When Charlie retires, he's looking forward to the quiet life, whereas Alison wants a busy and exciting retirement. Can you advise them on where they should go?
Written for teachers, this article discusses mathematical
representations and takes, in the second part of the article,
examples of reception children's own representations.
Can you coach your rowing eight to win?
Class 5 were looking at the first letter of each of their names. They created different charts to show this information. Can you work out which member of the class was away on that day?
Use the information about the ducks on a particular farm to find
out which of the statements about them must be true.
Can you make sense of the charts and diagrams that are created and used by sports competitors, trainers and statisticians?
With access to weather station data, what interesting questions can you investigate?
This activity is based on data in the book 'If the World Were a Village'. How will you represent your chosen data for maximum effect?
Six samples were taken from two distributions but they got muddled up. Can you work out which list is which?
Do you know which birds are regular visitors where you live?
This problem explores the range of events in a sports day and which ones are the most popular and attract the most entries.
Investigate how avalanches occur and how they can be controlled
Build a mini eco-system, and collect and interpret data on how well the plants grow under different conditions.
Invent a scoring system for a 'guess the weight' competition.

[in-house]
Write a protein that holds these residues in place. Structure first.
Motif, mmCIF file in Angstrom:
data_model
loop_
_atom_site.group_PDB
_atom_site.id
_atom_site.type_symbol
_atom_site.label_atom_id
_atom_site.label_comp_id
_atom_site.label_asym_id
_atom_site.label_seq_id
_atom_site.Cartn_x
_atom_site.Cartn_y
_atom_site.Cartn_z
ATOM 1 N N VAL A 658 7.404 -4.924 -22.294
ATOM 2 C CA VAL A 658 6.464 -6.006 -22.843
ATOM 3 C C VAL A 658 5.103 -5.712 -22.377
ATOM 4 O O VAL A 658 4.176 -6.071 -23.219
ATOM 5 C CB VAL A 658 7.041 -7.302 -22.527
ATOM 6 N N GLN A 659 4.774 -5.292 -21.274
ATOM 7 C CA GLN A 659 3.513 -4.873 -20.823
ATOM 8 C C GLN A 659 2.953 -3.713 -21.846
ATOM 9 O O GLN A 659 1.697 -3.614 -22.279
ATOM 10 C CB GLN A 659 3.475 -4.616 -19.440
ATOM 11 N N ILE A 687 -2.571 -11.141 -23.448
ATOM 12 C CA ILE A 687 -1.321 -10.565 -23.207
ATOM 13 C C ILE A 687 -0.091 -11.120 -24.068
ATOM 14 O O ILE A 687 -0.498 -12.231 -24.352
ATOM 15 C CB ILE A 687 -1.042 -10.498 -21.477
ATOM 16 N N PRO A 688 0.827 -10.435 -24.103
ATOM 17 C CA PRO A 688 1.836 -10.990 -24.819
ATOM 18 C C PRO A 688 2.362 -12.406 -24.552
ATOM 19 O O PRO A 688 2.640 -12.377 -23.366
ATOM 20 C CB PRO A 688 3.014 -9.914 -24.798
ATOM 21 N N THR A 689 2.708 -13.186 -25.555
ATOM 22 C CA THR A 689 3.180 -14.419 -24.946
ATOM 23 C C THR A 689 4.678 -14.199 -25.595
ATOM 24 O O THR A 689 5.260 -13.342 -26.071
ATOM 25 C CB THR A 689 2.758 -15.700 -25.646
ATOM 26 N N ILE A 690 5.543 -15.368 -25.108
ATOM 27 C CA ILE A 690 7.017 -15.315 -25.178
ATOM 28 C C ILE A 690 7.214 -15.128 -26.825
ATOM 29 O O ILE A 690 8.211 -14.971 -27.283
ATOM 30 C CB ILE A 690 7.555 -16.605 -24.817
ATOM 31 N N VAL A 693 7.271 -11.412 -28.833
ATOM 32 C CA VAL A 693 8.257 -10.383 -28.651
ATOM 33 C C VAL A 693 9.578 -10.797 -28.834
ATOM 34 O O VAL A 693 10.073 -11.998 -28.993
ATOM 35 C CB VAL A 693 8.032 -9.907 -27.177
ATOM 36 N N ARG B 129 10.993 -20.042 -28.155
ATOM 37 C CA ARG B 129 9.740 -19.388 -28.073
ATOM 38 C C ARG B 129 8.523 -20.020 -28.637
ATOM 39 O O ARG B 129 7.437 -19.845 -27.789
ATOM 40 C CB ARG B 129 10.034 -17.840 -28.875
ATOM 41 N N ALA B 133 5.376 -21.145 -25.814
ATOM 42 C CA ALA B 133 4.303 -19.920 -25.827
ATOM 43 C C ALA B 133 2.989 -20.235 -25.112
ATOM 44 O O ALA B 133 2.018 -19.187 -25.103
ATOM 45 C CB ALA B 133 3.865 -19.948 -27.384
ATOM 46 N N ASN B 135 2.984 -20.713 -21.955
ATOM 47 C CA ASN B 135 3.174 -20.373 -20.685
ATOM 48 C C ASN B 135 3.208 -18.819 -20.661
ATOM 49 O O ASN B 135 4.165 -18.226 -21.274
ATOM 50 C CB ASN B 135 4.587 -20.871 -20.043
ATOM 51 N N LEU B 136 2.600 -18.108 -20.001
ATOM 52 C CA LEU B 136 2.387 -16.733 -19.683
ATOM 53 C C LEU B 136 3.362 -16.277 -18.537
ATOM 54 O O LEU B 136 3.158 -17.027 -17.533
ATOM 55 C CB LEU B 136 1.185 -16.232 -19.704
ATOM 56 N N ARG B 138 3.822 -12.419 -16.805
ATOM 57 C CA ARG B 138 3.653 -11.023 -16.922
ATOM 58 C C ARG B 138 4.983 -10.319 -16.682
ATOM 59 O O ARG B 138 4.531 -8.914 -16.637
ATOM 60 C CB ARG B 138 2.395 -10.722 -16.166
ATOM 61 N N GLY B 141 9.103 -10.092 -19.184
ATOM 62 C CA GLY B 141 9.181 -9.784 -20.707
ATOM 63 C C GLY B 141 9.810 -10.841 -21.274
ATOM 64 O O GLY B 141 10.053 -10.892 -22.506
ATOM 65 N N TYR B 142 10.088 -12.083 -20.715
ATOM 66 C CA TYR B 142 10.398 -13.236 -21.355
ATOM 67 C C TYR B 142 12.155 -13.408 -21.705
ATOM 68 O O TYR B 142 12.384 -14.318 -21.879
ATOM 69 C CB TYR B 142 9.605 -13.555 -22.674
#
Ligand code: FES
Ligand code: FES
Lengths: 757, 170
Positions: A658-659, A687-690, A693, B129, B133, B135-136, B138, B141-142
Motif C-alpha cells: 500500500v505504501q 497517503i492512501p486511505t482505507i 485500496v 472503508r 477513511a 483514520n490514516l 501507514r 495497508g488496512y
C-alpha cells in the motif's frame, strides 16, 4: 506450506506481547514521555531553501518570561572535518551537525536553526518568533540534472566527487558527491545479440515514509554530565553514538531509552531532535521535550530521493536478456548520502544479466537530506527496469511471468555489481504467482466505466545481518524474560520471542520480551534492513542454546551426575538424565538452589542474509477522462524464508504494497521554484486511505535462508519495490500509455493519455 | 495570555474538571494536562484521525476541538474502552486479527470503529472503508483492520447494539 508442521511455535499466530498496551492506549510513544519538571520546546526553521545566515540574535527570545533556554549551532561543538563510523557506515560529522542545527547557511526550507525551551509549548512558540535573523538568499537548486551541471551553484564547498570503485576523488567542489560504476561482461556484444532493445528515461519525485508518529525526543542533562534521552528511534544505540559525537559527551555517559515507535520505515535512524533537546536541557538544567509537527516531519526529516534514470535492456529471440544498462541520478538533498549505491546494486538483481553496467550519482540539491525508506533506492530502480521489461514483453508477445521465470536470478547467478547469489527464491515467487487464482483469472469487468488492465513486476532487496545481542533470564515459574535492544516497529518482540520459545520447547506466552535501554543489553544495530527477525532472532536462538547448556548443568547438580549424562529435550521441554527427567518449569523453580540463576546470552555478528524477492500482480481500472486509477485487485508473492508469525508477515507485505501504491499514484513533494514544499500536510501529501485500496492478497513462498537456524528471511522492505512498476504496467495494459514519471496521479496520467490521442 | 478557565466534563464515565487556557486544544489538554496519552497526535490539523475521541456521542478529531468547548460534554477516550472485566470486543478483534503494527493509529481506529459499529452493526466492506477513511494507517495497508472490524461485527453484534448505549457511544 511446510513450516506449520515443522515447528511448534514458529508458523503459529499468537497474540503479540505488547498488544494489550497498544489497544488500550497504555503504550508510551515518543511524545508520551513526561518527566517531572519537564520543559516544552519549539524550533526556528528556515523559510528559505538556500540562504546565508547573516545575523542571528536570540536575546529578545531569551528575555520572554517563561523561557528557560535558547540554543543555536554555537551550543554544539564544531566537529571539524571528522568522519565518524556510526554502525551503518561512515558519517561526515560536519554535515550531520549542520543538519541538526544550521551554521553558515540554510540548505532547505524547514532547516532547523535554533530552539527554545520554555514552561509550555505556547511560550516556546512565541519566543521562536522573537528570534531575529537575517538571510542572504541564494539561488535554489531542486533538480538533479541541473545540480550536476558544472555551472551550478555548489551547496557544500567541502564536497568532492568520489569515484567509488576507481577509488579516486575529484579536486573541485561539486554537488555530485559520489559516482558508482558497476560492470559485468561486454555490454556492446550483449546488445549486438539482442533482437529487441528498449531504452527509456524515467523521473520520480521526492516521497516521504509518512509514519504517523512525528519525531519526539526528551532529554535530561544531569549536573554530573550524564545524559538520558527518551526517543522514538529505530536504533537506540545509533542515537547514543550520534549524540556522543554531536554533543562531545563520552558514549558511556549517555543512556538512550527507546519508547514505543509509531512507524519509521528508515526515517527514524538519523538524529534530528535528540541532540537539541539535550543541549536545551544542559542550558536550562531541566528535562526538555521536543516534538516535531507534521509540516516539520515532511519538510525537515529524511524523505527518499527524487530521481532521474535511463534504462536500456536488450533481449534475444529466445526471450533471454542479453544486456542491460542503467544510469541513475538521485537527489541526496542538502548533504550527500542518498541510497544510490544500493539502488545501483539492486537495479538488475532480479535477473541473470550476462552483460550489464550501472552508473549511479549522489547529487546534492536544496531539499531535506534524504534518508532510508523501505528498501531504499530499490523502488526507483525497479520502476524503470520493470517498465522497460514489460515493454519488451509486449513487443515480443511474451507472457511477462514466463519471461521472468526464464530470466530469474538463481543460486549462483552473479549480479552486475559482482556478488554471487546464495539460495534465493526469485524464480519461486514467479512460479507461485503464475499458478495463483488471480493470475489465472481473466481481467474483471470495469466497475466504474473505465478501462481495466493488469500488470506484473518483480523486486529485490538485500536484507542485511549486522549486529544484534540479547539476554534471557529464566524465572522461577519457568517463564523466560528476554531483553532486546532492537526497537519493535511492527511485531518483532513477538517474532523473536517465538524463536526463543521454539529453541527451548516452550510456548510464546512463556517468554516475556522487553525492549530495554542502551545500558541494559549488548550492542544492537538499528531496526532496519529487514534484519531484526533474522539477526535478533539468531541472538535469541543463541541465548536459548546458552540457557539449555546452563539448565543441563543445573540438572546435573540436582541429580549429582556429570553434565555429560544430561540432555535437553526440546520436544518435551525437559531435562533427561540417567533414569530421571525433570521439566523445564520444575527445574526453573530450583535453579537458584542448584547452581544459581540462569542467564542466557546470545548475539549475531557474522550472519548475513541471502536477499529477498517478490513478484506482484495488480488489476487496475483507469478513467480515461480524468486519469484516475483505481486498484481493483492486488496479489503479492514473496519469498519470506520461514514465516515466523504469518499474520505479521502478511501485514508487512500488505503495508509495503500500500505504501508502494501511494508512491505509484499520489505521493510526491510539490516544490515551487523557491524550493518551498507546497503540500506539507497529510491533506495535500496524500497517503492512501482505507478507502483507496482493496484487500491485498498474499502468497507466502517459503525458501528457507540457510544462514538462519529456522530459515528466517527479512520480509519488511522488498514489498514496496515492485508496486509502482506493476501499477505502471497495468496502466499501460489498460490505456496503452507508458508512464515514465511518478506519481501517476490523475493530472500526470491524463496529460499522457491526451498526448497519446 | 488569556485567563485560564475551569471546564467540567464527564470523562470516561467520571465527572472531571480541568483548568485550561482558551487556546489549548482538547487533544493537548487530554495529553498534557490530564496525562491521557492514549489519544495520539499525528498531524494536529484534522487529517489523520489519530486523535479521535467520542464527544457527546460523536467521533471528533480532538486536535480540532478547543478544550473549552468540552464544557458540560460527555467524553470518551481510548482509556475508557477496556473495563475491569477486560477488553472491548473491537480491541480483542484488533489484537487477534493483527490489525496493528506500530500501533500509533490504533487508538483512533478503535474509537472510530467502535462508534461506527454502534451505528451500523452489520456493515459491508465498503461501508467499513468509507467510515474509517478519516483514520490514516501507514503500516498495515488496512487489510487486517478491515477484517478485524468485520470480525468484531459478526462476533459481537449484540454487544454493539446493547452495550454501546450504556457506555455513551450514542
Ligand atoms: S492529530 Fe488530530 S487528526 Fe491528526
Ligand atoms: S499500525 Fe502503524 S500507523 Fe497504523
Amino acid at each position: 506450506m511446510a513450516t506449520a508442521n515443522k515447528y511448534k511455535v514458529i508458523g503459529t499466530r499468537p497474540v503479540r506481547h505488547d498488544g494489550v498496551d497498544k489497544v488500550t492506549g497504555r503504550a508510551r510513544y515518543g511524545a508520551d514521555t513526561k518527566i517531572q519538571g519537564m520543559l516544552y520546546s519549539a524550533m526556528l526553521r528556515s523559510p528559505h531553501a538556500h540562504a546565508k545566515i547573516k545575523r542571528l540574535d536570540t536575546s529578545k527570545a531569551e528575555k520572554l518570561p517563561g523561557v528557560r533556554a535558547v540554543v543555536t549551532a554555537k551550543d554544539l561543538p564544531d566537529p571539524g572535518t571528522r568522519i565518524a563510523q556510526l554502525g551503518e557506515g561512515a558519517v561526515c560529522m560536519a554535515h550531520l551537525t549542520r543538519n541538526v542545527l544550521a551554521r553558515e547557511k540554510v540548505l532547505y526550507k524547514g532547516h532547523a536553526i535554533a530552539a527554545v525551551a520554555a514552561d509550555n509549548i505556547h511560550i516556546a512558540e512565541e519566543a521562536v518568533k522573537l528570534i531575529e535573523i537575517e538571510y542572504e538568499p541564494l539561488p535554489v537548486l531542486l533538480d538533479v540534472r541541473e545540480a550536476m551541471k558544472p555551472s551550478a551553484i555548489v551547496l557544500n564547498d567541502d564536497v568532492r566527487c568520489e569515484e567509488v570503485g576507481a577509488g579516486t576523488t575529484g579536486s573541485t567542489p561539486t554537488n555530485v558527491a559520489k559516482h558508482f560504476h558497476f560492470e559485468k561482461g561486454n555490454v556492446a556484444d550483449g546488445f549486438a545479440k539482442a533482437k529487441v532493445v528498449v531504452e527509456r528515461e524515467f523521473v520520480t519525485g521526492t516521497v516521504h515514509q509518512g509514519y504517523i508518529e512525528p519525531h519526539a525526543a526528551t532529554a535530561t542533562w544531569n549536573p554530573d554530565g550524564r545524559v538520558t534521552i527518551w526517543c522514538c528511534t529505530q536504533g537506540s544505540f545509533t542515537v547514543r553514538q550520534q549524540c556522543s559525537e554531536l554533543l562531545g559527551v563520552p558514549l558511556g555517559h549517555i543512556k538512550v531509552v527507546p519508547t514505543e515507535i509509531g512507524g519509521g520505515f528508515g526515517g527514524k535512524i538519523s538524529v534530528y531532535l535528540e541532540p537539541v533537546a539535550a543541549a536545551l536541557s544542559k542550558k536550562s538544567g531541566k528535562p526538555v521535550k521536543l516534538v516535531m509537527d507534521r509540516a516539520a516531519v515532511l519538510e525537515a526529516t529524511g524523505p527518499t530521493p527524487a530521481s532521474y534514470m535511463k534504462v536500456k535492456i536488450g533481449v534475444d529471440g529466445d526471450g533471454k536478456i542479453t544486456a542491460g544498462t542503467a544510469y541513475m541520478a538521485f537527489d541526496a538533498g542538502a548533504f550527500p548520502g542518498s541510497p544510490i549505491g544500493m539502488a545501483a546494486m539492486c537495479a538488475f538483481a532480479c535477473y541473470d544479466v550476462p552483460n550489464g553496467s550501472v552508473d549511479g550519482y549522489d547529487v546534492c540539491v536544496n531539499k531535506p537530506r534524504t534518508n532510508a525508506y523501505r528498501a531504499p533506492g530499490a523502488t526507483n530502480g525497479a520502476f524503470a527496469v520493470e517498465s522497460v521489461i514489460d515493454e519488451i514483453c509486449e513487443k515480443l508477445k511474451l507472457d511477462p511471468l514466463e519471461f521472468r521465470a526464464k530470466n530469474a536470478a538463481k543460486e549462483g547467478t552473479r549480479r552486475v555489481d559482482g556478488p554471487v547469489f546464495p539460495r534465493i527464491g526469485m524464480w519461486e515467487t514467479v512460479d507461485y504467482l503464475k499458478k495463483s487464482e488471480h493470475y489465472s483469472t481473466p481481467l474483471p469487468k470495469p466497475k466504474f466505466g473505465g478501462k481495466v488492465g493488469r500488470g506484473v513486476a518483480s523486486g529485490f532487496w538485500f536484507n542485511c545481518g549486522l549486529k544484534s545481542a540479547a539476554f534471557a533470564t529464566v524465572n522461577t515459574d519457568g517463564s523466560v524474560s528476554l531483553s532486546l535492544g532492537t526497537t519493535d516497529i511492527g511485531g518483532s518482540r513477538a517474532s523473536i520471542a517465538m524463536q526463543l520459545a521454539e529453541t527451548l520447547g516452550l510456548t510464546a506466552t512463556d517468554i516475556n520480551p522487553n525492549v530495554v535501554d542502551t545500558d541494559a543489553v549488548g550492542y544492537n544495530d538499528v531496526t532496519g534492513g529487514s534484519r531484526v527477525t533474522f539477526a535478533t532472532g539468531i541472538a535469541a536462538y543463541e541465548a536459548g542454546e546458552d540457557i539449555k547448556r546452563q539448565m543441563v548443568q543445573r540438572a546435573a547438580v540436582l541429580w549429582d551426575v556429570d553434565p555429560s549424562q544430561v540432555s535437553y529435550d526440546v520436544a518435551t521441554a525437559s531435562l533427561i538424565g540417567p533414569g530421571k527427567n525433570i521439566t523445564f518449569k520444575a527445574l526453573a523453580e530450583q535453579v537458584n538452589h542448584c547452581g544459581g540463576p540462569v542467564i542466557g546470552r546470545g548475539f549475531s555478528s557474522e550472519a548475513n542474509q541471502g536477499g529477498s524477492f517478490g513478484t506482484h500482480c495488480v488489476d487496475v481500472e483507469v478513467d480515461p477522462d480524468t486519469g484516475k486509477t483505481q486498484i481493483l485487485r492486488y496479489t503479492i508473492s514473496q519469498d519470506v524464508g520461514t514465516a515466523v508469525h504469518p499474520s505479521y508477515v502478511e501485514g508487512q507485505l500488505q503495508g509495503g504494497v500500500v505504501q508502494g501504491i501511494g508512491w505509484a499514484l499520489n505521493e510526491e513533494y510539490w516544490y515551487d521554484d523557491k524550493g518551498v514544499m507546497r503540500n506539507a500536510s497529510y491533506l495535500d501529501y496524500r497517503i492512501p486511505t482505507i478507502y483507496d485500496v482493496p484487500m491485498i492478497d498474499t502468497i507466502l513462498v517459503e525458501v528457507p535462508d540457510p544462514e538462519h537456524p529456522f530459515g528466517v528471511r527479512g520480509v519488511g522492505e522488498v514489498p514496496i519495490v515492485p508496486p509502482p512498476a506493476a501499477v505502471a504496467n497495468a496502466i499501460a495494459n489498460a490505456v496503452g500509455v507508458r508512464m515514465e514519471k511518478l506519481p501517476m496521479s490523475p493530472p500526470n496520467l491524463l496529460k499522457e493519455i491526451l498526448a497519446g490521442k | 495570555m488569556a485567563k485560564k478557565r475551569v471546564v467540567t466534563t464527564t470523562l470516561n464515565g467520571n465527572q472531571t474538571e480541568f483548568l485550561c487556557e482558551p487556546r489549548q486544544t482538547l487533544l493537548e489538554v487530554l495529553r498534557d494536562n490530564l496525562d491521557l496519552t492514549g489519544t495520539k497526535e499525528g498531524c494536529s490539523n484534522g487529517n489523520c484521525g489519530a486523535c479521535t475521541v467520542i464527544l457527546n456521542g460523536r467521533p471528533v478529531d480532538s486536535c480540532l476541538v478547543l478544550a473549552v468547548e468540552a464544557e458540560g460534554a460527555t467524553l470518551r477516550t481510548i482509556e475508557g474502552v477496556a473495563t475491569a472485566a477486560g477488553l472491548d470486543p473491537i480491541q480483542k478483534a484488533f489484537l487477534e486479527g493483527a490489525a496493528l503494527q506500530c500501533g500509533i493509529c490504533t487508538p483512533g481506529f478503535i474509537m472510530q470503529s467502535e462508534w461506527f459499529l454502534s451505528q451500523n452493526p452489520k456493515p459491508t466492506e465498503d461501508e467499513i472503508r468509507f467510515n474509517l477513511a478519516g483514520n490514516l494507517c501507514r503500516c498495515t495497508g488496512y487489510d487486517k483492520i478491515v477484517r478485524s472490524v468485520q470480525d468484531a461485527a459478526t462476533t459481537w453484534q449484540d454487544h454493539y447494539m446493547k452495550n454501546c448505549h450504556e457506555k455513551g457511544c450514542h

Ideas for practical ways of representing data such as Venn and
Three dice are placed in a row. Find a way to turn each one so that
the three numbers on top of the dice total the same as the three
numbers on the front of the dice. Can you find all the ways to. . . .
A maths-based Football World Cup simulation for teachers and students to use.
In a league of 5 football teams which play in a round robin
tournament show that it is possible for all five teams to be league
This article for teachers looks at some suggestions taken from the
NRICH website that offer a broad view of data and ask some more
probing questions about it.
In the ancient city of Atlantis a solid rectangular object called a
Zin was built in honour of the goddess Tina. Your task is to
determine on which day of the week the obelisk was completed.
This article for teachers describes an activity which encourages
meaningful data collection, display and interpretation.
How can we make sense of national and global statistics involving very large numbers?
How can people be divided into groups fairly for events in the Paralympics, for school sports days, or for subject sets?
Design and test a paper helicopter. What is the best design?
Making a scale model of the solar system
Liam's house has a staircase with 12 steps. He can go down the steps one at a time or two at time. In how many different ways can Liam go down the 12 steps?
How does the time of dawn and dusk vary? What about the Moon, how does that change from night to night? Is the Sun always the same? Gather data to help you explore these questions.